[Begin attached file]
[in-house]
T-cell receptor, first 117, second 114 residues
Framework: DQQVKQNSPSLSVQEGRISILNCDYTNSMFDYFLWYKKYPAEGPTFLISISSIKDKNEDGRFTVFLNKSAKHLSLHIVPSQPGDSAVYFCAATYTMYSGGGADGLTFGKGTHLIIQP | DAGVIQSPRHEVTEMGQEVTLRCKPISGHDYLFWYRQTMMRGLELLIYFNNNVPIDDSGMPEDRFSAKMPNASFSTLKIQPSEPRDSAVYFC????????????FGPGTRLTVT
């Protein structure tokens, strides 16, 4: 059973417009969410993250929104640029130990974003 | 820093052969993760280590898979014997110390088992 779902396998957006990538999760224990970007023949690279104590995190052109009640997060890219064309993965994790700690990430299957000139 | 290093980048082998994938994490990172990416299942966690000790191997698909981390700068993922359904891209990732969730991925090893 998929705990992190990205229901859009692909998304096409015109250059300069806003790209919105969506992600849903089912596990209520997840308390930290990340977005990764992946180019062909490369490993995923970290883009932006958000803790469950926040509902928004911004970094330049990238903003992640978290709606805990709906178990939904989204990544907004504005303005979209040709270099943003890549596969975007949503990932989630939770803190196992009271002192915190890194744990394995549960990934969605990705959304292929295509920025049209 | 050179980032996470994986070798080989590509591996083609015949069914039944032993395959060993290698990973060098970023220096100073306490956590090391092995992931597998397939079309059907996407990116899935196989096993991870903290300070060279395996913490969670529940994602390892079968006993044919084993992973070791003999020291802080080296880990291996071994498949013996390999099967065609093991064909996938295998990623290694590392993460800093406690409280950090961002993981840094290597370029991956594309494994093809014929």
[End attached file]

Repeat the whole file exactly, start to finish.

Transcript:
[in-house]
T-cell receptor, first 117, second 114 residues
Framework: DQQVKQNSPSLSVQEGRISILNCDYTNSMFDYFLWYKKYPAEGPTFLISISSIKDKNEDGRFTVFLNKSAKHLSLHIVPSQPGDSAVYFCAATYTMYSGGGADGLTFGKGTHLIIQP | DAGVIQSPRHEVTEMGQEVTLRCKPISGHDYLFWYRQTMMRGLELLIYFNNNVPIDDSGMPEDRFSAKMPNASFSTLKIQPSEPRDSAVYFC????????????FGPGTRLTVT
């Protein structure tokens, strides 16, 4: 059973417009969410993250929104640029130990974003 | 820093052969993760280590898979014997110390088992 779902396998957006990538999760224990970007023949690279104590995190052109009640997060890219064309993965994790700690990430299957000139 | 290093980048082998994938994490990172990416299942966690000790191997698909981390700068993922359904891209990732969730991925090893 998929705990992190990205229901859009692909998304096409015109250059300069806003790209919105969506992600849903089912596990209520997840308390930290990340977005990764992946180019062909490369490993995923970290883009932006958000803790469950926040509902928004911004970094330049990238903003992640978290709606805990709906178990939904989204990544907004504005303005979209040709270099943003890549596969975007949503990932989630939770803190196992009271002192915190890194744990394995549960990934969605990705959304292929295509920025049209 | 050179980032996470994986070798080989590509591996083609015949069914039944032993395959060993290698990973060098970023220096100073306490956590090391092995992931597998397939079309059907996407990116899935196989096993991870903290300070060279395996913490969670529940994602390892079968006993044919084993992973070791003999020291802080080296880990291996071994498949013996390999099967065609093991064909996938295998990623290694590392993460800093406690409280950090961002993981840094290597370029991956594309494994093809014929």